Penn State Great Valley Diversity Action Council Presents

The Dreams of Dr. Martin Luther King Jr.
with Samuel C. Thompson Jr.

Wednesday, April 17
7:00 – 8:30 p.m.
Conference Center Building, Musser Auditorium

Samuel C. Thompson Jr., J.D., professor of law, director of the Center for the Study of Mergers and Acquisitions at Penn State Law, will discuss the legacy of Dr. Martin Luther King Jr. at this special event.

To register, click here.

DAC: ThompsonBIO
Thompson teaches courses in mergers and acquisitions and tax law at Penn State. Previously, he was the dean of the University of Miami School of Law; professor of law at the UCLA School of Law and the University of Virginia School of Law; and visiting professor of law at the Yale Law School. He was voted Teacher of the Year by students at the law schools at both Miami and UCLA.

For many years, Thompson was the partner in-charge of the tax division at the Schiff, Hardin & Waite law firm in Chicago. Additionally he served in the U.S. Treasury’s Office of Tax Legislative Counsel and International Tax Counsel, and worked in an advisory capacity with the European Union’s Antitrust Merger Taskforce in Brussels, Belgium, the FTC’s Bureau of Competition, and the SEC’s Office of Mergers & Acquisitions. On behalf of the U.S. Treasury Department, he served as the tax policy advisor to the South African Ministry of Finance in Pretoria, South Africa, from 1999 to 2000. He is the author of numerous articles and books, including two of his latest books: The Obama vs. Romney Debate on Economic Growth: A Citizen’s Guide to the Issues, and Mergers, Acquisitions and Tender Offers.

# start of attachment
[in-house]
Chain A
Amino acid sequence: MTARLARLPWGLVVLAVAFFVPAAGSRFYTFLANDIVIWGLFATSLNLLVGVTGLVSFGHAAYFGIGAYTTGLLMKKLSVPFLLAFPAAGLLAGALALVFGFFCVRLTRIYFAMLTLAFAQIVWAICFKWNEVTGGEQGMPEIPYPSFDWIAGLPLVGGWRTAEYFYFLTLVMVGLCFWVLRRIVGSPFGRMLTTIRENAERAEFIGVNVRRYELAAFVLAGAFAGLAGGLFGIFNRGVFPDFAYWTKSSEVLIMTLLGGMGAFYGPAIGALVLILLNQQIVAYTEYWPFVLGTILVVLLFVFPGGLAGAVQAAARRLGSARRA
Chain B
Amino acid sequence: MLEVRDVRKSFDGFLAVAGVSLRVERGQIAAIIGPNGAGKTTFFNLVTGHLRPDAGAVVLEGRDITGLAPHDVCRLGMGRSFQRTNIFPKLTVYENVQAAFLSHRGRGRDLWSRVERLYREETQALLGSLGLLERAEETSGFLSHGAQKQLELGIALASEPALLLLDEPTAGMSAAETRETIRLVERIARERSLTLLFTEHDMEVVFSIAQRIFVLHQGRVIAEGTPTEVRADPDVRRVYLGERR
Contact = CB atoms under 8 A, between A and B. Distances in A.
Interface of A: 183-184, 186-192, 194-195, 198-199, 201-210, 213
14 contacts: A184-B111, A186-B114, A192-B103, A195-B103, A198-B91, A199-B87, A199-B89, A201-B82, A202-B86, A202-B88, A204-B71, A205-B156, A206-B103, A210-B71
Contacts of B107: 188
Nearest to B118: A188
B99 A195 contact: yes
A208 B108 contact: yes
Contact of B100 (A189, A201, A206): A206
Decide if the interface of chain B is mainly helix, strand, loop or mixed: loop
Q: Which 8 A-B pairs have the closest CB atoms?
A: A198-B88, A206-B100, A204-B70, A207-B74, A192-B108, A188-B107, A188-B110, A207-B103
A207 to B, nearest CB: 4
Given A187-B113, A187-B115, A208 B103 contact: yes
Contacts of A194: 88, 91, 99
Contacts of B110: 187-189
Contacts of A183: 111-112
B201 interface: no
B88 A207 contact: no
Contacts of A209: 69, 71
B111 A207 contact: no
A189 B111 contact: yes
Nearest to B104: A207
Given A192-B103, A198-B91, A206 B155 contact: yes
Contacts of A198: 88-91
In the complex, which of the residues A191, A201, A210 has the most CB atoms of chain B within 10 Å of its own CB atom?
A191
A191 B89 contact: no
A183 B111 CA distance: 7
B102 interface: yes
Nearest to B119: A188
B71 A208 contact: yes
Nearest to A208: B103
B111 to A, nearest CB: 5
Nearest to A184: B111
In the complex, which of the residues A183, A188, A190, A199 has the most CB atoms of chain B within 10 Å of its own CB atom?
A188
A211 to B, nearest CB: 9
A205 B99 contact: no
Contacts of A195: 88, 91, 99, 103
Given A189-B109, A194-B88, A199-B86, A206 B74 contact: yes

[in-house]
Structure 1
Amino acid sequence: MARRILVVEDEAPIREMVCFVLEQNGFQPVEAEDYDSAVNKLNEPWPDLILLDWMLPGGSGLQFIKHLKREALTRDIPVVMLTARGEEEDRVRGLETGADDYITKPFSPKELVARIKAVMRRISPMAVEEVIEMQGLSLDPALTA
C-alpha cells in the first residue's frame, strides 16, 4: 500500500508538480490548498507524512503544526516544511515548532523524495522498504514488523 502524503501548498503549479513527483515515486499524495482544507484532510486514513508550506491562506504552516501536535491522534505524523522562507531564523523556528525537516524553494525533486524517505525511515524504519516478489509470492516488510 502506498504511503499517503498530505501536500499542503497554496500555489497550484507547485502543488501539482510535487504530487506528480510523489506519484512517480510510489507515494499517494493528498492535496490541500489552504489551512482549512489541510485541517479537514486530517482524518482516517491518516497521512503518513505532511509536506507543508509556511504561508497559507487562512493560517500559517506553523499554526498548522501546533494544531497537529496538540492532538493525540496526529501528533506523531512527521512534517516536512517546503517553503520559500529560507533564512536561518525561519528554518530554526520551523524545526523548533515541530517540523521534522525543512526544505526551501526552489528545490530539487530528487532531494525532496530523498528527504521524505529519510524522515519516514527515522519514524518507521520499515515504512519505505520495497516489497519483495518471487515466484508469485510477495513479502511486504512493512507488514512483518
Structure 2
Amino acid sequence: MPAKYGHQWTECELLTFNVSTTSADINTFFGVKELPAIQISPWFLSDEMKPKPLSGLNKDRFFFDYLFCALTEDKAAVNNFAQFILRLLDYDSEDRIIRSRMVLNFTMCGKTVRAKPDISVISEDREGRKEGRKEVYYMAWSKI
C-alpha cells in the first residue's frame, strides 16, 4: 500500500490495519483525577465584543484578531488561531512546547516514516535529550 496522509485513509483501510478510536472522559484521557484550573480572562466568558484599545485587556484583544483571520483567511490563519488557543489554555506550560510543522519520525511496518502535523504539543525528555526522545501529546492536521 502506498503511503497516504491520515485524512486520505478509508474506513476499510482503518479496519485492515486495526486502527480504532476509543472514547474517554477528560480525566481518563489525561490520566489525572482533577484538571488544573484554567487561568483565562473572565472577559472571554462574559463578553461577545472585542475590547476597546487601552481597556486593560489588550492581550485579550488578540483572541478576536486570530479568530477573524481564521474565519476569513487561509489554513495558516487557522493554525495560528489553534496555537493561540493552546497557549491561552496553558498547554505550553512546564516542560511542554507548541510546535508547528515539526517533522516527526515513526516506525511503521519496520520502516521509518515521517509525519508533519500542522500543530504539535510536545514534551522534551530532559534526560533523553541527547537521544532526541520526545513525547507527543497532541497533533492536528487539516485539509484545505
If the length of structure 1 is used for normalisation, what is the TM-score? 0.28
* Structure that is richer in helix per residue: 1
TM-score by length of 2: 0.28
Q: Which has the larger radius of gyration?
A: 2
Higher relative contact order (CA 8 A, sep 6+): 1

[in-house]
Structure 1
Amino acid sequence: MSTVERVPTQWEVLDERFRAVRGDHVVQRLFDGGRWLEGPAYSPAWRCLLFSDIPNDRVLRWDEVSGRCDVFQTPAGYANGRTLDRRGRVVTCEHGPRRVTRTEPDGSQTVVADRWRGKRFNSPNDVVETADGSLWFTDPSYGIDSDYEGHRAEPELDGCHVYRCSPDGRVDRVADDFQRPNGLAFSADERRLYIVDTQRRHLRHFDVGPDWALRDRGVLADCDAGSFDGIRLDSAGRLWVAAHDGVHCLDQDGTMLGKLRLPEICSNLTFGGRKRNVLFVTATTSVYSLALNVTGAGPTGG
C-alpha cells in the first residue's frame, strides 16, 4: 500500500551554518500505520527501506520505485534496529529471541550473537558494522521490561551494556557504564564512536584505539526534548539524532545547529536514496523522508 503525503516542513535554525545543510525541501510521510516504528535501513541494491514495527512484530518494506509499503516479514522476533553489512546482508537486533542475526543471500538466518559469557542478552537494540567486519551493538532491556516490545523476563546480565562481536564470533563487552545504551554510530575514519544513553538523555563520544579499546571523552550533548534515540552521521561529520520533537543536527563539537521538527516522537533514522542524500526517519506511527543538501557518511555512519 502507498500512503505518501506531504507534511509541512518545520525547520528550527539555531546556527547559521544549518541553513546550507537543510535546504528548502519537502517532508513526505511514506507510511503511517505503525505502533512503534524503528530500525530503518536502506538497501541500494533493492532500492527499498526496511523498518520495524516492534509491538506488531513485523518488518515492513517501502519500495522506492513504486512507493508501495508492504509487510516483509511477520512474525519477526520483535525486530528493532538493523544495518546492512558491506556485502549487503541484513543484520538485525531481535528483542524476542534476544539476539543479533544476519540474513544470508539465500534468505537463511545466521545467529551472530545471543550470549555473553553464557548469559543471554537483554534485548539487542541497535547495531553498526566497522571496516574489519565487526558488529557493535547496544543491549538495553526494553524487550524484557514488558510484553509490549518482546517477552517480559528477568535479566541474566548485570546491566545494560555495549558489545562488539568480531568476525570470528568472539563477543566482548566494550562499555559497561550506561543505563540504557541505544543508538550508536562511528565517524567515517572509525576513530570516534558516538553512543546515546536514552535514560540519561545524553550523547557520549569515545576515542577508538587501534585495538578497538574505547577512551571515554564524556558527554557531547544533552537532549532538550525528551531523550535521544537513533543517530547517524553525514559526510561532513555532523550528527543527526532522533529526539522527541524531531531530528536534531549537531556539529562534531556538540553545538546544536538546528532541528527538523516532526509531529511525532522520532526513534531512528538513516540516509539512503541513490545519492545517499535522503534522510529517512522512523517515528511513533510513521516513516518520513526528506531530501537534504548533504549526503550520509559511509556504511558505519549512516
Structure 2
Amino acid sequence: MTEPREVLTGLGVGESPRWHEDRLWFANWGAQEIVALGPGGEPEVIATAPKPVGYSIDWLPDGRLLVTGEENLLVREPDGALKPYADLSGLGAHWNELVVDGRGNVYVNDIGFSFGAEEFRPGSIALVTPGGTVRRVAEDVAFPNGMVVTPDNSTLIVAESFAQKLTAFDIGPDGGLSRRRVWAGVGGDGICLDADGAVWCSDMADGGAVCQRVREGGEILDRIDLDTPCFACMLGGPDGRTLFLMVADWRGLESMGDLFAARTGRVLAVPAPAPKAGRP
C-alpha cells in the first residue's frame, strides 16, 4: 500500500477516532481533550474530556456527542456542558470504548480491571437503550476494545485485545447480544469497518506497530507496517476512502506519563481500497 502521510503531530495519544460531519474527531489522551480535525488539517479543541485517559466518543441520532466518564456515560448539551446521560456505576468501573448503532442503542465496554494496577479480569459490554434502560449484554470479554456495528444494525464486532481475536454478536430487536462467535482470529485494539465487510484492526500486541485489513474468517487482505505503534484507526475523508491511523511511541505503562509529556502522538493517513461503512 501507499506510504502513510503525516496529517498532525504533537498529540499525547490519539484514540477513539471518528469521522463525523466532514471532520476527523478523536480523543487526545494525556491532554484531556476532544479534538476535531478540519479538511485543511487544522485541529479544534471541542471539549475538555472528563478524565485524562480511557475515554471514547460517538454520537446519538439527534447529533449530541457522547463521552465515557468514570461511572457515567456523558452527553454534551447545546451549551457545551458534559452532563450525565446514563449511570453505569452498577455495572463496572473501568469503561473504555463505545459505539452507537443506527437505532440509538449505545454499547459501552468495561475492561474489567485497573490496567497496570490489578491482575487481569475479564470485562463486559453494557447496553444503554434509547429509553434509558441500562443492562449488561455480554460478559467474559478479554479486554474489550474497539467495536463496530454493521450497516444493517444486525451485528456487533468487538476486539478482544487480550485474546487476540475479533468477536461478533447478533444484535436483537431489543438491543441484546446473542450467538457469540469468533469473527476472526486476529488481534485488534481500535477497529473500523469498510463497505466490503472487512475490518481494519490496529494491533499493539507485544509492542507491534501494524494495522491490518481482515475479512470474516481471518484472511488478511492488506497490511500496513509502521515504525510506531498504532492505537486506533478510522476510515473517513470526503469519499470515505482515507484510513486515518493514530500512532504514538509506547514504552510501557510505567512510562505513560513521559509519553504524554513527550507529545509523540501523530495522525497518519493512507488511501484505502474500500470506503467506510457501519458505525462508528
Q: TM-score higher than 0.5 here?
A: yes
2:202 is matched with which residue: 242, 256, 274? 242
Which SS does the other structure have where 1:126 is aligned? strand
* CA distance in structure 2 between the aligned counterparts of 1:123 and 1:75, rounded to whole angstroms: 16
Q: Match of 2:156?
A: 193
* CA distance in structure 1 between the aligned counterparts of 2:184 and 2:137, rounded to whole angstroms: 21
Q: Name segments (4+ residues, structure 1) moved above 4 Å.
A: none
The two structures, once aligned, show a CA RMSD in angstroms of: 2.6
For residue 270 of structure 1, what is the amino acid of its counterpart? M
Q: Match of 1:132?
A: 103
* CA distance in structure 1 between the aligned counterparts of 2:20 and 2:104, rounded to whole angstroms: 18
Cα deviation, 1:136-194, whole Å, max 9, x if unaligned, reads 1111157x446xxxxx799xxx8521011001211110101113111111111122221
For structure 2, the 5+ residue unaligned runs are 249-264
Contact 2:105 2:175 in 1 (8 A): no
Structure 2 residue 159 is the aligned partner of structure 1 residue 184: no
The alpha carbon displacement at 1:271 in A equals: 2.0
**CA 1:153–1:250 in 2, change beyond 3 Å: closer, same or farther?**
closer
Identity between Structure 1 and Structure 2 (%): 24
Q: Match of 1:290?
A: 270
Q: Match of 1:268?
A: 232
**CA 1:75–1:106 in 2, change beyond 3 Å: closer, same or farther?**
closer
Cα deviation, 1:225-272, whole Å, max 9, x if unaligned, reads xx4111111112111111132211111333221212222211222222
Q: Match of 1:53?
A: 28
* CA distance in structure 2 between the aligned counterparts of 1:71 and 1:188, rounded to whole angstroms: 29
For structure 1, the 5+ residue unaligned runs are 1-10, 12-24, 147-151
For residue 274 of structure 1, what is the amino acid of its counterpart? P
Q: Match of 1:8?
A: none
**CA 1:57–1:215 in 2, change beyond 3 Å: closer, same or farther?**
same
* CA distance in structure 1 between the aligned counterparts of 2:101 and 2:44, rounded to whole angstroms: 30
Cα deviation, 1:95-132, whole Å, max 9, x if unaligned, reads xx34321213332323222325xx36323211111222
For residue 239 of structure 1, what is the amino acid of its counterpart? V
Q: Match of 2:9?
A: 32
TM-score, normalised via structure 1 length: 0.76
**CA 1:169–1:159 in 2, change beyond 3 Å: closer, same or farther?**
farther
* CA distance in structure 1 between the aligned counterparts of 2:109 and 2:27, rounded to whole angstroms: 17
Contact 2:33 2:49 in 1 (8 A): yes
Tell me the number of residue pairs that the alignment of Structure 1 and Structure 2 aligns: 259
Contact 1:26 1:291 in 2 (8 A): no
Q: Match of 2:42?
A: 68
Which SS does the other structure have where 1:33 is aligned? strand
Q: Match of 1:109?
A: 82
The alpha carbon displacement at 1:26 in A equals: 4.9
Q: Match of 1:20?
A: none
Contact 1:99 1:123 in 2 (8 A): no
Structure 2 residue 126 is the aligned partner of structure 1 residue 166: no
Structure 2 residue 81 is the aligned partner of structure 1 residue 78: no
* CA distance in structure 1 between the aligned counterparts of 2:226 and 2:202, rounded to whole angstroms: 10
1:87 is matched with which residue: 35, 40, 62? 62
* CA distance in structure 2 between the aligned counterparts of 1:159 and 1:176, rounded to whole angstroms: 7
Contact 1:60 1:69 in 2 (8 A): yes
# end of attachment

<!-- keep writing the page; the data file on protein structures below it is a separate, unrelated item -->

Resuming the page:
Thompson earned his law degree from the University of Pennsylvania in 1971 and his L.L.M. in Taxation from New York University in 1973. He received a master's in business and applied economics from the University of Pennsylvania in 1969 and a bachelor's from West Chester University in 1965, where he played varsity football. From 1966 to 1969, Thompson served in the United States Marine Corps, rising to captain and earning the Navy Commendation Medal with combat V for service in Vietnam.

While an undergraduate at West Chester, Thompson was an organizer of the school’s first NAACP chapter. Relating to civil rights while in Law School at Penn, he worked on a civil rights project in Leland, Mississippi. His first article, published in 1971, was "Black Business Ownership, an Analysis and a Proposal." His second article, "A Response to Professor Haskell’s Academic Plantation Theory," was published in a 1974 edition of the ABA Journal and challenged Haskell’s attack on Affirmative Action.